Saturdays here at Austin Athletics are dedicated to the Long Run: a workout that is considered essential for the developing runner and the cornerstone of our program. But can a long run be a waste of time?
To some ….yes.
Too many times, runners get hung up on just running the prescribed distance, be it 10, 15, 20+ miles, nice and easy. Maybe with a friend or teammate just to pass the time. If our goal is to get faster, going “nice and easy” all the time might not be the answer. During my collegiate years, we had a saying, “Slow running makes a slow runner.” Now, this doesn’t mean you need to hammer away miles everyday, but on certain workouts, during certain periods of your training, fast running is needed to elicit the necessary changes for improvement.
Don’t get me wrong, nice and easy long runs are necessary, especially when building mileage or when you venture to tackle your first marathon. However, there does come a point where adding more slow miles to your long run is just not practical. So, the million-dollar question is, “Where is that line between practicality and absurdity?” Well, for each runner it is different. We have all heard the standards: “Your long run is = to yada, yada percent of your weekly mileage.” That might work and that might not, but each runner is different and each brings his or her unique strengths and weaknesses to the table.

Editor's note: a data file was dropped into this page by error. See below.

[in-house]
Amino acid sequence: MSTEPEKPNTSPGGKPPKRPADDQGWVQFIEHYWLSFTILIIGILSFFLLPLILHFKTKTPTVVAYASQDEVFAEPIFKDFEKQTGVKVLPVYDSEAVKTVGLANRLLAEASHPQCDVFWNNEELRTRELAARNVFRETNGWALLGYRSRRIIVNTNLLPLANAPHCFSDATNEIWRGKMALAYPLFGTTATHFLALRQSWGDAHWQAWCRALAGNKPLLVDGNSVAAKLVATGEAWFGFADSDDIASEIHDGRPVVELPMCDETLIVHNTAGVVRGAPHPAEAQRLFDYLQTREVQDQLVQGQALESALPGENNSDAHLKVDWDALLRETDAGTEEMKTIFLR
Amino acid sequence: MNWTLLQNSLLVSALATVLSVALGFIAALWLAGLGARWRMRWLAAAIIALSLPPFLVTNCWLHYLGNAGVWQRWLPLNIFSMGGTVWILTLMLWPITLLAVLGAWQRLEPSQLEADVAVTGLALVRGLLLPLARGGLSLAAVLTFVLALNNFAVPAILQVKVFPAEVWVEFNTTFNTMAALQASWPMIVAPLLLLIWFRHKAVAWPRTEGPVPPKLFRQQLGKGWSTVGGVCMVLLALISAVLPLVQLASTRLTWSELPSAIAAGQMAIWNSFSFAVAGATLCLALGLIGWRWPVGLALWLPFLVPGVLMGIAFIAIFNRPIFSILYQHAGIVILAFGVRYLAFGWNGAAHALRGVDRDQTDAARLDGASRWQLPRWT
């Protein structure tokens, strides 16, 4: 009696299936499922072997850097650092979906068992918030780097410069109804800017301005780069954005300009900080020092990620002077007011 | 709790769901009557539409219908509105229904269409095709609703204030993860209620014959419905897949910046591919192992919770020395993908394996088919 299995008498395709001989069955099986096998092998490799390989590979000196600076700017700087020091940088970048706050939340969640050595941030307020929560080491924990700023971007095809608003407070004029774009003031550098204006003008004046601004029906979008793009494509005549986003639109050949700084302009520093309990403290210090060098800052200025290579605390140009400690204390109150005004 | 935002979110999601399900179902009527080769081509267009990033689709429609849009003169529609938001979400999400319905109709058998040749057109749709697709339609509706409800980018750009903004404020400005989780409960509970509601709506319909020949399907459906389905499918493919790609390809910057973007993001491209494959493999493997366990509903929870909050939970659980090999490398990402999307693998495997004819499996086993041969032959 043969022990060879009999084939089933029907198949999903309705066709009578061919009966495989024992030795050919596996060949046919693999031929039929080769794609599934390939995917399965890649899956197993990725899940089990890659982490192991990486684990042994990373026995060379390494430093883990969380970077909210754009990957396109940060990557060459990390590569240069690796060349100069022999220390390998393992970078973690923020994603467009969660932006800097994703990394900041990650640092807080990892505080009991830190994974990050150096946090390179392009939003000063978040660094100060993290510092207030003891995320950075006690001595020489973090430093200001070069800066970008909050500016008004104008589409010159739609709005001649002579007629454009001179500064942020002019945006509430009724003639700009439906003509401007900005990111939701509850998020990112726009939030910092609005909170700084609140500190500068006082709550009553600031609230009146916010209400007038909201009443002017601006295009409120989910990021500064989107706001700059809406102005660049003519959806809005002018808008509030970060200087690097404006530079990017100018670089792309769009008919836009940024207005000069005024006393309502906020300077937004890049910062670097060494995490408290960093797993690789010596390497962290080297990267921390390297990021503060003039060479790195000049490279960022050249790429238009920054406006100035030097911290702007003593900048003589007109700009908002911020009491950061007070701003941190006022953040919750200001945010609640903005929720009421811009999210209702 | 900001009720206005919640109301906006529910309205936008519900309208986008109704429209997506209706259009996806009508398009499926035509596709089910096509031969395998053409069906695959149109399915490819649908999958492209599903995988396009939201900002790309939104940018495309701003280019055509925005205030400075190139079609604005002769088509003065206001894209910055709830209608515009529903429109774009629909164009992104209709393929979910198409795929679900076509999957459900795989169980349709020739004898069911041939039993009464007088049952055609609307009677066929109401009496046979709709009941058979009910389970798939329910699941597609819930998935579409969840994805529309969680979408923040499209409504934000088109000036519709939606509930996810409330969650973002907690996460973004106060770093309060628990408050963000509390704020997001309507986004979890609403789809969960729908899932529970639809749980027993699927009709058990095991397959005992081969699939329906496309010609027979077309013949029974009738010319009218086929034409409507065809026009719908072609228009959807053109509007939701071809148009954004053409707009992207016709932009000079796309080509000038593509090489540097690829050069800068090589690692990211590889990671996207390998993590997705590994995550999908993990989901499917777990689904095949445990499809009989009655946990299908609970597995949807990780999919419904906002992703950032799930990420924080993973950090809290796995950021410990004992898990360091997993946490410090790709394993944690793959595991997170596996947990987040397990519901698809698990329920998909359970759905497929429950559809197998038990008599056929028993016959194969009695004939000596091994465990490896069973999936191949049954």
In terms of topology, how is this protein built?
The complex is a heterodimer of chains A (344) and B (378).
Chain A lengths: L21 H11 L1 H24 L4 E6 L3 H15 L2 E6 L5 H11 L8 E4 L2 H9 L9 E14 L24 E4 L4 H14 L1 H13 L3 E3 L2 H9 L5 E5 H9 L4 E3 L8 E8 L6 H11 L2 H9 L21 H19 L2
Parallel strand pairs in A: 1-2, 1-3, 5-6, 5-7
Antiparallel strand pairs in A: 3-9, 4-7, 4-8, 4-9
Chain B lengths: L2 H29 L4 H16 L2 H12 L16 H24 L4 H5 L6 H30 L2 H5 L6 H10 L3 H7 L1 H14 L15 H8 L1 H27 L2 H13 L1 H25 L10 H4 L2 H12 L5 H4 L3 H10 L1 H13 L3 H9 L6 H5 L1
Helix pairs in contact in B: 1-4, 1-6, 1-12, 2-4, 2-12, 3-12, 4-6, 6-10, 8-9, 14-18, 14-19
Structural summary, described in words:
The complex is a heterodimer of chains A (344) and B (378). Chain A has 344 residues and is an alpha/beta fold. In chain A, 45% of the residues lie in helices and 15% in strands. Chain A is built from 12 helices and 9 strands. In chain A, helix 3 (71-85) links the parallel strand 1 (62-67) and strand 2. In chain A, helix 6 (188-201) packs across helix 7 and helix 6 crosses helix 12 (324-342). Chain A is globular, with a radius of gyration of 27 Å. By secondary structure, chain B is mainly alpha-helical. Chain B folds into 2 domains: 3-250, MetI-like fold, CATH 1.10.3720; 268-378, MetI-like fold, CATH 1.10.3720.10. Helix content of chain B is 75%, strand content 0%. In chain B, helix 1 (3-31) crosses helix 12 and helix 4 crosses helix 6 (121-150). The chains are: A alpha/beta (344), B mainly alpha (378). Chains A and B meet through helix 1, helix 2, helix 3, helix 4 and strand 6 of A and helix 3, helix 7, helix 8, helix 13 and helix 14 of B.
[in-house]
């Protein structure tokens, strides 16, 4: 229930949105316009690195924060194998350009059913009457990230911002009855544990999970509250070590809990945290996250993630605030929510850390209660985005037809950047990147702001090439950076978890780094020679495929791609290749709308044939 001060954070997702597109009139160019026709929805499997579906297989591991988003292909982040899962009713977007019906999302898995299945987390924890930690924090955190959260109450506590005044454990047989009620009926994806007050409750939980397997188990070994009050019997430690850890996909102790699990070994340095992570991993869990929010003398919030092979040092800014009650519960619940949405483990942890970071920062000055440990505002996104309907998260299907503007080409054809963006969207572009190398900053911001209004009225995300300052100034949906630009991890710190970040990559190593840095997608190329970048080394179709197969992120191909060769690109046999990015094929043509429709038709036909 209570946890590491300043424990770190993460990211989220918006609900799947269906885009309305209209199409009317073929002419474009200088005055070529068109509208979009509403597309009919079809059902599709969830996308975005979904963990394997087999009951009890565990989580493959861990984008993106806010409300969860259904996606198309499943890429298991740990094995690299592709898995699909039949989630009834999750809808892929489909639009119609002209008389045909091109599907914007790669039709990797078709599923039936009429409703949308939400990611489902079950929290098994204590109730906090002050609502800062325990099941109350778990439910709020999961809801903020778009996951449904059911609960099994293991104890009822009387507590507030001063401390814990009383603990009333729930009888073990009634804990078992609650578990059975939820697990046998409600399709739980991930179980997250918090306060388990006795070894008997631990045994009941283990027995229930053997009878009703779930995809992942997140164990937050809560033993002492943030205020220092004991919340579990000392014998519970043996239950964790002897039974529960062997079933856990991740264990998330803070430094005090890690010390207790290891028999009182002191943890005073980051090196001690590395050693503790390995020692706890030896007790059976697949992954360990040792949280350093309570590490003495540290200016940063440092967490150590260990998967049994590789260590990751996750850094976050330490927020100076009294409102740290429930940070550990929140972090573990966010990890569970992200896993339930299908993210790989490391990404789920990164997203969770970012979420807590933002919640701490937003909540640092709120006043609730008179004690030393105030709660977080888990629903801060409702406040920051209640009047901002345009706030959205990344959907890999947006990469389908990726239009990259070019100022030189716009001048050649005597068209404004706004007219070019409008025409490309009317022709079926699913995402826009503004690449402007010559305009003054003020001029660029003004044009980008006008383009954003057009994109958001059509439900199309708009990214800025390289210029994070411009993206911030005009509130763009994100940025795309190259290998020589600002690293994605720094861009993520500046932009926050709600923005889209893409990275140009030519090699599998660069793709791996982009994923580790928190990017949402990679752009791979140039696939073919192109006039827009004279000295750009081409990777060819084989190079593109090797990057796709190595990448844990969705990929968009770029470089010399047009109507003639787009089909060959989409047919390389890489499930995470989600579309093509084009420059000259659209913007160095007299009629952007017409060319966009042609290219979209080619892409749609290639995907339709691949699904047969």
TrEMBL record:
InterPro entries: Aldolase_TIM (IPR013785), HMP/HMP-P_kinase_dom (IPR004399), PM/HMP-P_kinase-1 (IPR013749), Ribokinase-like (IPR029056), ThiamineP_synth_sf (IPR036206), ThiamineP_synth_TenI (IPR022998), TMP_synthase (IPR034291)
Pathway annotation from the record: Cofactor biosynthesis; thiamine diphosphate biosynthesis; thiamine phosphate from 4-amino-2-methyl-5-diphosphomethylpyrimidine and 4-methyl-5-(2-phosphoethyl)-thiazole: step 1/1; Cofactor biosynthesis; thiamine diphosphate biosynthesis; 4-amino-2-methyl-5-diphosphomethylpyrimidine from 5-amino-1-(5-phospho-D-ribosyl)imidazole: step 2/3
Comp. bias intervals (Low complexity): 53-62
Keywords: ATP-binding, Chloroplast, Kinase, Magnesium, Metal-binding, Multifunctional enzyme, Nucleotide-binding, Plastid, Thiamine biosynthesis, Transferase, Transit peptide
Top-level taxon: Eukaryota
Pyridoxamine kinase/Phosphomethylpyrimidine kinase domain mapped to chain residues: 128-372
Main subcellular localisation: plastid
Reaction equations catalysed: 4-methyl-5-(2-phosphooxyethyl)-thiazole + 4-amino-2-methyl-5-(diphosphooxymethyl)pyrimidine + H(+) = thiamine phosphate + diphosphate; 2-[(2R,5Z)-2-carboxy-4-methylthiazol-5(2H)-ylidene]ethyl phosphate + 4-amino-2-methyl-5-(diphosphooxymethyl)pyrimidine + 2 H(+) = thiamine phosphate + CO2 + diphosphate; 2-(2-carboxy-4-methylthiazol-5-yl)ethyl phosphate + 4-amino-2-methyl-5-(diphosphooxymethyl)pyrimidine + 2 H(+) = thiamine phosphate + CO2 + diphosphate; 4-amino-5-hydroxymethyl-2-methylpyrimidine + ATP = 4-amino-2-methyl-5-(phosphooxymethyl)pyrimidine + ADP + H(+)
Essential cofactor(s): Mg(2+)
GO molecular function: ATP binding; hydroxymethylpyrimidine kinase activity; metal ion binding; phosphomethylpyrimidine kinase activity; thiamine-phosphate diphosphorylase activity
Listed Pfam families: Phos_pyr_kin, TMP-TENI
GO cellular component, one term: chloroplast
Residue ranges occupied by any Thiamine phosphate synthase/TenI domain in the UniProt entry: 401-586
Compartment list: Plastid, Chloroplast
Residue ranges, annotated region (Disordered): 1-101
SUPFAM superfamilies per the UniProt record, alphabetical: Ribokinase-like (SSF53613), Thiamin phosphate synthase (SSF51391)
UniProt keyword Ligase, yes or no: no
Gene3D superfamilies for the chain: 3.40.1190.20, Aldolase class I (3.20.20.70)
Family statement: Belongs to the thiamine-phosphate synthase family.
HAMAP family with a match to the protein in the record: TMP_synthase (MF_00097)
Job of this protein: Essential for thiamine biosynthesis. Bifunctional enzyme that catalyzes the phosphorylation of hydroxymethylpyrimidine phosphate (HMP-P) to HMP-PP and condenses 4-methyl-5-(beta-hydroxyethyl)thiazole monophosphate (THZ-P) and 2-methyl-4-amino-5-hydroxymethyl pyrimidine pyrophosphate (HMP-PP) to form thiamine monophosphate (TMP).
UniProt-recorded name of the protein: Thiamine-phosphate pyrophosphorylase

Because of the uniqueness and/or goals of each runner, I have become a firm believer in “Progression and Purpose.” Now, if you have “progressively” built up a good base of consistent long runs and are standing at the crossroads of what to do next, begin with adding “purpose” to your long runs.
For example, on the tail end of a 90-minute run, try running the last 30 min at a ½-Marathon Pace or, for the 5k athlete, perform 1 minute on, 1minute off surges at 3k/5k pace during the middle or last 10-20 minutes of your long run. These are just a few examples, but the idea is to adapt your body to the rigors it will face during race day while fatigued, as well as achieve a higher quality workout to boot. Keep it simple and take the next logical step and progress your long runs to become more purpose-driven.
The “Purpose-Driven” Long Run:
- Incorporate this approach once every 2 to 3 weeks
- Use goal pace or one event faster than your race. (Eg., Marathoners = ½ Marathon Pace, 10k runners = 5k Pace)
- Add Intensity, subtract duration. (Eg., Instead of running a 17-mile long run, nice and easy, reduce to 13-15 miles with added intensity)
- Recovery is important. Allow for ~ 48 hours of recovery before your next hard workout.
- Keep it interesting! Use surges or hard continuous efforts and place them in the middle or end of a long run.
- Document everything. Record how you feel both during the run and days afterward. It could be the key to finding exactly what works for you.